By Sept. 16, the hospital found Alison had lost a considerable amount of amniotic fluid, and advised her to go home, expecting labor to begin within the next few days.

That day the Fullers enlisted the prayers of St. Gerard Majella, a saint frequently invoked for help in troubled pregnancies, and started a Facebook group inviting friends and family to join a novena for his intercession.


Prayers and solidarity

St. Gerard Majella was a Redemptorist brother in 18th century Italy. He is known historically for his commitment and example of purity, but he has also become known for assistance in pregnancy, infertility and childbirth issues.

According to tradition, St. Gerard once dropped his handkerchief. A woman tried to return it to him, but he told her to keep it, as it would one day help her.

A few years later, the same woman experienced severe complications during childbirth, and remembered the handkerchief. She asked for it and soon delivered a healthy baby.

The custom of invoking St. Gerard’s prayers has become a popular tradition for families across the globe — especially the Fullers.

The Facebook novena group attracted an enormous amount of people — “People we didn’t even know were joining the group,” remembered Alison.

Their good friend and best man at their wedding, Fr. Paul Erickson, associate pastor of St. Gerard Parish in the Diocese of Lansing, frequently prayed for them at his daily Masses. Fr. Erickson also prayed the USCCB’s Rite of Blessing of a Child in the Womb over Alison.


Choosing to trust

Alison was admitted at 24 weeks and put on bed rest, with daily ultrasounds to monitor the still-leaking fluid conditions.

“Twice there didn’t seem to be enough fluid (in Jacob’s sac),” she said. “But always there was a little pocket of fluid near his face.”

Over the next 10 weeks, the Fullers’ “prayer team” continued the prayers, eventually completing 10 novenas to St. Gerard.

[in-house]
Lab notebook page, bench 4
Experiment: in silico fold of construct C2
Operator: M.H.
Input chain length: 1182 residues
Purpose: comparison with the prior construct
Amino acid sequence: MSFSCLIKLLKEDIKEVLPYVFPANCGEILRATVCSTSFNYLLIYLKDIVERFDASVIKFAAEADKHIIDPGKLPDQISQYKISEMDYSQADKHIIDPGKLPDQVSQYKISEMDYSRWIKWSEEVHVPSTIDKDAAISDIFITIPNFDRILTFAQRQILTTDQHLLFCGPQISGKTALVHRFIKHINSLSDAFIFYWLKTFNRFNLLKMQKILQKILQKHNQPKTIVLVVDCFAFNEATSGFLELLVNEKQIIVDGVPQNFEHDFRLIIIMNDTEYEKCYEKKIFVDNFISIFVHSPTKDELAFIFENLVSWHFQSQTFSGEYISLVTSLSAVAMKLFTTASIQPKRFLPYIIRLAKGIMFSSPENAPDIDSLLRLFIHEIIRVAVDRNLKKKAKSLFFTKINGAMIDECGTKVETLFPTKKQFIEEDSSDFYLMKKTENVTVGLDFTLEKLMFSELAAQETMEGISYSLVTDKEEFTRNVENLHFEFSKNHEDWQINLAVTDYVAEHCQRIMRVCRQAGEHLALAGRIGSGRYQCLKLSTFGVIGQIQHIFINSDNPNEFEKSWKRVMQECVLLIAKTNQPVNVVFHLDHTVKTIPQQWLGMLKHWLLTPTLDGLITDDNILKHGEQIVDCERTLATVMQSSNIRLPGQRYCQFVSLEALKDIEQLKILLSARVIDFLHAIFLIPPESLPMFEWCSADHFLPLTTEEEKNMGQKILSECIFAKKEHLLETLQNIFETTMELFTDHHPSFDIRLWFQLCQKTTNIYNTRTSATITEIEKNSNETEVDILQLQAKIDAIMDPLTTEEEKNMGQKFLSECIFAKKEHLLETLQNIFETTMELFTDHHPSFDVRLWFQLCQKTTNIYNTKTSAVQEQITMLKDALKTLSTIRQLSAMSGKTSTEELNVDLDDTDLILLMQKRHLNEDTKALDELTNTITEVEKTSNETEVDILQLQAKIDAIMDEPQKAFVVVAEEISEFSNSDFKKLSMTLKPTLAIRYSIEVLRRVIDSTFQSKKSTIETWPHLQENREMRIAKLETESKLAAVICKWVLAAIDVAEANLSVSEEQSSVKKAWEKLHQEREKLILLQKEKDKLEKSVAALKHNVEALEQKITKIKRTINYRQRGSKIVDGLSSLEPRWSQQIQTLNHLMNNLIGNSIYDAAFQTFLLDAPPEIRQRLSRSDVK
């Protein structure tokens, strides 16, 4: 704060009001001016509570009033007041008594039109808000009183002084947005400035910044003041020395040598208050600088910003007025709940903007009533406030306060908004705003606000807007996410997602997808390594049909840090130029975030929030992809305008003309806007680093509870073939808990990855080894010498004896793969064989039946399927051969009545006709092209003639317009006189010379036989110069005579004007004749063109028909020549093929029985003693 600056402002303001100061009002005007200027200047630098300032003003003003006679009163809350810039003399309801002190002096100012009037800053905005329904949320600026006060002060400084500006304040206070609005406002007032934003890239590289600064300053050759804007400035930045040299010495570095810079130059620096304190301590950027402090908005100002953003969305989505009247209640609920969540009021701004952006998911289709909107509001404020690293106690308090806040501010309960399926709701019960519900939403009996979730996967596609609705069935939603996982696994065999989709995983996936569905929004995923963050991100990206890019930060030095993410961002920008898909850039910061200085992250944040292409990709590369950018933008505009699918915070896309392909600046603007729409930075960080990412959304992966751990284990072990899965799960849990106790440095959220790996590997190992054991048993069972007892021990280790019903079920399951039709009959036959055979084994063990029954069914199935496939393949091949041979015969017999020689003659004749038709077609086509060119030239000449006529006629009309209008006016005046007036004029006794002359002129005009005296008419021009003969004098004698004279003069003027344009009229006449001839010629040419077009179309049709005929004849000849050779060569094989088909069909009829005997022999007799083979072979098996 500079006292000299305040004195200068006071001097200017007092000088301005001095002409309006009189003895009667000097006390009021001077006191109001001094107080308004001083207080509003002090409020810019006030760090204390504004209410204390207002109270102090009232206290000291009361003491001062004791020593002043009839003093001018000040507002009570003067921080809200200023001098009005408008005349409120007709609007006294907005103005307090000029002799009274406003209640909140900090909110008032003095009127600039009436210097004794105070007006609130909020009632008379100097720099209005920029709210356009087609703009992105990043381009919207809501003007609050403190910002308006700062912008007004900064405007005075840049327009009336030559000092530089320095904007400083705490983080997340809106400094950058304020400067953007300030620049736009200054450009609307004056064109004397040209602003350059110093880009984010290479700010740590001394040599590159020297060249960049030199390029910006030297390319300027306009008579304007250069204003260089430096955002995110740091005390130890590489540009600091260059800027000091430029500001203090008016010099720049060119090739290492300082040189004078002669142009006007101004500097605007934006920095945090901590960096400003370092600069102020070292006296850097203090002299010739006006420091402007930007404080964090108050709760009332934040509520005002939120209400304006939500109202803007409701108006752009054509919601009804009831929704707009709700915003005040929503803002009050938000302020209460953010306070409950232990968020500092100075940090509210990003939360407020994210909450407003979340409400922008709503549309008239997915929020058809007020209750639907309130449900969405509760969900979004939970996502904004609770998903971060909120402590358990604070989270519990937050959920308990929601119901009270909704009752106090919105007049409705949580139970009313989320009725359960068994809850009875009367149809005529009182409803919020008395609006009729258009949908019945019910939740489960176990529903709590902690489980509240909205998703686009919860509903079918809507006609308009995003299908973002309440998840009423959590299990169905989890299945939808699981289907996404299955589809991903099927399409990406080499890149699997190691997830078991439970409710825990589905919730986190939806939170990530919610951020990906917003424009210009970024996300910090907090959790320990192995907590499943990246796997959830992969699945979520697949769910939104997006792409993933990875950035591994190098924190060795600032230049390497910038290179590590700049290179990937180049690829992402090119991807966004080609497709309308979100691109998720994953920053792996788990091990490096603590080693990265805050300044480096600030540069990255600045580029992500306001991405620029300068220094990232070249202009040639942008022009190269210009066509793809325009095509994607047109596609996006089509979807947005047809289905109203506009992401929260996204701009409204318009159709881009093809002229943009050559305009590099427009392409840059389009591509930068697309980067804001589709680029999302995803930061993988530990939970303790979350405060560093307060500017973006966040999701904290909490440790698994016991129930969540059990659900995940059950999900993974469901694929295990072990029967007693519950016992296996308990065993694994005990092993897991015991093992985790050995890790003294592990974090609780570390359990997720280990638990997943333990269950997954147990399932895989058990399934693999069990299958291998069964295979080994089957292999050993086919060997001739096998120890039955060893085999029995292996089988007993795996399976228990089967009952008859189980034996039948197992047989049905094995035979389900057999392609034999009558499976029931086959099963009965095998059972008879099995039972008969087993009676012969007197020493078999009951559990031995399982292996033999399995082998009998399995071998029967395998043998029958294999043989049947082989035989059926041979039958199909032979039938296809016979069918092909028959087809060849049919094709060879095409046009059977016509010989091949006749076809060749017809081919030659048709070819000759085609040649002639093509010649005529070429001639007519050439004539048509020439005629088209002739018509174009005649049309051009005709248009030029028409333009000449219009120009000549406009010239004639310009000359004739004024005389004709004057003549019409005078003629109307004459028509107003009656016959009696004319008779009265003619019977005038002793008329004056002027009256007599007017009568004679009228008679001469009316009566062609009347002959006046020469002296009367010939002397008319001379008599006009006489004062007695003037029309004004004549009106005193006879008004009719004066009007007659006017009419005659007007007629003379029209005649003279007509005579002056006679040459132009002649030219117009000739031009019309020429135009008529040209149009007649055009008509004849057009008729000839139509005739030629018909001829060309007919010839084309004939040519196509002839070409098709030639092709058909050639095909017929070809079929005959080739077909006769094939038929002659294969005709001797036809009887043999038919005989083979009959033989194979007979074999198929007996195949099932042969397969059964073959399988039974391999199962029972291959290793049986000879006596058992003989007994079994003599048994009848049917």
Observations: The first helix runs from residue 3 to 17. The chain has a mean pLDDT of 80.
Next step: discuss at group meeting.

“Once we reached 34 weeks they would induce me,” said Alison.

But on Dec. 14, the last day of the last novena, and two days before the 34-week mark, she went into natural labor, and the babies came into the world.

The twins spent 12 days in the neonatal intensive care unit (NICU). Jacob had a tiny tear in one lung, possibly due to his initial cry after birth, but after a short time on a ventilator and then on oxygen — and continued prayers — an X-ray indicated the tear had healed.

Alison and her sons were able to go home the day after Christmas.

On Jan. 5, the feast of the Epiphany, the babies were baptized at the last baptism of St. Clare of Assisi Parish, which merged into Our Lady of Sorrows on Jan. 14.

The Fullers were grateful to be home at last, but said they were thankful that the hospital they chose — Providence in Southfield — was Catholic, and supportive of the Fullers’ faith.

“I felt St. Gerard was the captain of our prayer team,” Thomas said. “He was a special friend that came along at that point in our lives.”


An earlier version of this story incorrectly stated that St. Gerard Majella was a priest. The Michigan Catholic regrets the error.